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Analysis on Tax, Healthcare, Education Bills From First Week of CT Legislative Session

  • Feb 11, 2014

The 2014 CT legislative session opened last week with a flurry of proposed bills from legislators.  Most bills proposed in the first weeks of the session include very little detail about what they will actually do – rather, they serve as placeholders that are referred to committees where they may be fleshed out in greater detail.   But a few bills did include specific proposals – here are a few of the most consequential for economic and education policy, accompanied by brief policy analysis:

H.B. 5012 and 5021, proposing to repeal the state’s Business Entity Tax 

Connecticut’s business entity tax imposes a $250 biannual fee on any company doing business in Connecticut.  The tax is a major deterrent to small business creation in the state, forcing companies to pay a fee even if they are not yet turning a profit.  The tax is not a major revenue source for Connecticut, bringing in about $40M per year of revenue.  That’s or less than a quarter of one percent of overall state tax revenue.  Repealing it is good policy.

H.B. 5003, proposing to repeal the state’s Earned-Income Tax Credit (EITC)

The Earned-Income Tax Credit (EITC) is a federal program that provides a tax-credit to low-income workers.  For any Connecticut taxpayer eligible for the federal credit, Connecticut provides a state tax credit equal to 27.5% of the federal credit.  The EITC has generally drawn bipartisan support as a way to provide work incentives and keep low-income families out of poverty.  There have been a number of good proposals to simplify the administration of the tax credit, but repealing it is not good policy.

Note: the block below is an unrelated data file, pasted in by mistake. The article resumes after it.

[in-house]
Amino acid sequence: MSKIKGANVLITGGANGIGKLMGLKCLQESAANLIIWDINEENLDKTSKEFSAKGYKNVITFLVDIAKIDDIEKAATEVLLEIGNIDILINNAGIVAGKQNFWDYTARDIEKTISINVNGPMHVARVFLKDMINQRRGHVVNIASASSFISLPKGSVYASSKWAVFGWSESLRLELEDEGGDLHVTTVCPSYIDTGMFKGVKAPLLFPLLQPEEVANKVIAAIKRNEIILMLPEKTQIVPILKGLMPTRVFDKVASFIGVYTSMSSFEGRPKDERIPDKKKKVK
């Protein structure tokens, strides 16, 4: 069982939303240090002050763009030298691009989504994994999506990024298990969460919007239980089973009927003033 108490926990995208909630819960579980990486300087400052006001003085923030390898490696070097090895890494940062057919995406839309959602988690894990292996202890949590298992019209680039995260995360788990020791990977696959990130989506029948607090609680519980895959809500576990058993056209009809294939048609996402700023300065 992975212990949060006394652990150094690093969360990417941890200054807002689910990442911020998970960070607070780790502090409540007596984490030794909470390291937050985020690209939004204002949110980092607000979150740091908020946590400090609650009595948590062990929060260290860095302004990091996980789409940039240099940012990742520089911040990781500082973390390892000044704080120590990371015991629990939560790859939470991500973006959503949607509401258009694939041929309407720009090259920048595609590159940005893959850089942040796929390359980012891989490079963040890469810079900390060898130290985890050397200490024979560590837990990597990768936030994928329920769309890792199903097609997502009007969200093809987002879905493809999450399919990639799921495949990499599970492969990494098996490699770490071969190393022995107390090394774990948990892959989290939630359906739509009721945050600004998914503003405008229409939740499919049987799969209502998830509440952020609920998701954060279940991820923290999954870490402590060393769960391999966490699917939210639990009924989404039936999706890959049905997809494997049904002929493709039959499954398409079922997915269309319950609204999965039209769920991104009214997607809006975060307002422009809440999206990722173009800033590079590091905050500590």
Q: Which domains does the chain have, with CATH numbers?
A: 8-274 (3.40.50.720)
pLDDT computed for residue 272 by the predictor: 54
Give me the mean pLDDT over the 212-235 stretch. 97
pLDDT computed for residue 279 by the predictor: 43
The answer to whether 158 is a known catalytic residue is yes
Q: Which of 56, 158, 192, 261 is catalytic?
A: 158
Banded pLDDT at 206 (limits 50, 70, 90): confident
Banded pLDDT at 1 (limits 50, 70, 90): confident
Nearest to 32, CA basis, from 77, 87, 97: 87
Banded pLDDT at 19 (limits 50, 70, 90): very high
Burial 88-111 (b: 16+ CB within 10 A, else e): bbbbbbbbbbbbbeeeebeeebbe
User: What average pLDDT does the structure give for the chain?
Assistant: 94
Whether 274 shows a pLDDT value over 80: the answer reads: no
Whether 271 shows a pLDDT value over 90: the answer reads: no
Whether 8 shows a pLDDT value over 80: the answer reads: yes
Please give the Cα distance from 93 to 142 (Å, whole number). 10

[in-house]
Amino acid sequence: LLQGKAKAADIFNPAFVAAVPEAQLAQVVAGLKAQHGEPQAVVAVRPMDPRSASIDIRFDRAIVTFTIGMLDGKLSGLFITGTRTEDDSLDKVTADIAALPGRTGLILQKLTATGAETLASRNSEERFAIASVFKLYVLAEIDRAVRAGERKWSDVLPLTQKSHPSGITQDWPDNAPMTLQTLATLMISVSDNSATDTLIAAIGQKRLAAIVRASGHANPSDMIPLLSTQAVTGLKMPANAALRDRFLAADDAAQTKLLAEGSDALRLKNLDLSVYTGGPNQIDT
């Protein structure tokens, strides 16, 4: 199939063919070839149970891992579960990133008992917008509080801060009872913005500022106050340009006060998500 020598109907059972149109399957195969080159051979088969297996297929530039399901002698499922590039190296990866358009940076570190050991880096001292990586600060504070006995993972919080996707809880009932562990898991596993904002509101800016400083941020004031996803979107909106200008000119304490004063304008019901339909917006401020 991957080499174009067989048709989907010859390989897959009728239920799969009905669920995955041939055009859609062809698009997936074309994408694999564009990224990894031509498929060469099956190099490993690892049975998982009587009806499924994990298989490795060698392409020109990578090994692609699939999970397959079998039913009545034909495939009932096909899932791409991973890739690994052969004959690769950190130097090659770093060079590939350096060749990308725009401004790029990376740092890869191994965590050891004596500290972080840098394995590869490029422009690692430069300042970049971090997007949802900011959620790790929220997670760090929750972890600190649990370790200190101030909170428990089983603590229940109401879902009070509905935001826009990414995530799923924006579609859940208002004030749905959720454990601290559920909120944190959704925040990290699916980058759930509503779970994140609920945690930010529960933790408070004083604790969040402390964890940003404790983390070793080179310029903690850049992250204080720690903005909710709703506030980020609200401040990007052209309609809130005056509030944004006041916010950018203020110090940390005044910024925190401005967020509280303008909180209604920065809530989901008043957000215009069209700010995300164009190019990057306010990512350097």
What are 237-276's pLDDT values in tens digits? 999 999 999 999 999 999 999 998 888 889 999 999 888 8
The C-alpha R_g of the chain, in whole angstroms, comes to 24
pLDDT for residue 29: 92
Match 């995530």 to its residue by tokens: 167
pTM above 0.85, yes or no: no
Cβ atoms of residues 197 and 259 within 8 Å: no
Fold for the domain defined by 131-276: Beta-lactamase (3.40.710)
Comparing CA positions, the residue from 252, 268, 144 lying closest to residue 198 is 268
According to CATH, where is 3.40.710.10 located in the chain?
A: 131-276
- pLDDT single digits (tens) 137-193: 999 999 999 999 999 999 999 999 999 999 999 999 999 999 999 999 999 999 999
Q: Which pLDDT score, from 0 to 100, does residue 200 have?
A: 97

SB 5, 8, and 10, proposing new coverage mandates for health insurance plans

As of 2012, Connecticut already imposed 65 mandates on health insurance plans, the fourth most in the country and well above the national average of 43. Connecticut’s large number of coverage mandates is one reason it trails only Massachusetts and Alaska in per capita healthcare costs.  At a time when health insurance premiums are already facing upward pressures and the state is struggling to grow jobs, adding yet more mandates may not be the best idea. At the very least, the legislature should carefully study the costs of these particular mandates before passing them.

H.B. 5005, proposing to increase state aid to towns that pay for inter-district magnet schools

When students choose to attend a magnet school in another district, the state provides a grant to that district to help defray the cost of the students’ education.  However, that grant does not fully compensate the receiving district for those costs.  The best way to address this challenge is to adopt a student-based funding model in which students “carry” an allotted per-pupil funding level with them to whichever school they attend. The allotted amount per student should be based on a weighted student formula that allocates more state money for students whose education is more costly, such as those in extreme poverty, English Language Learners, and special education students.  HB 5005 should be amended to enact student-based funding in Connecticut, which would improve equity and accountability in state-funded public schools.

Here is a full list of bills introduced so far in the CT Senate and House.

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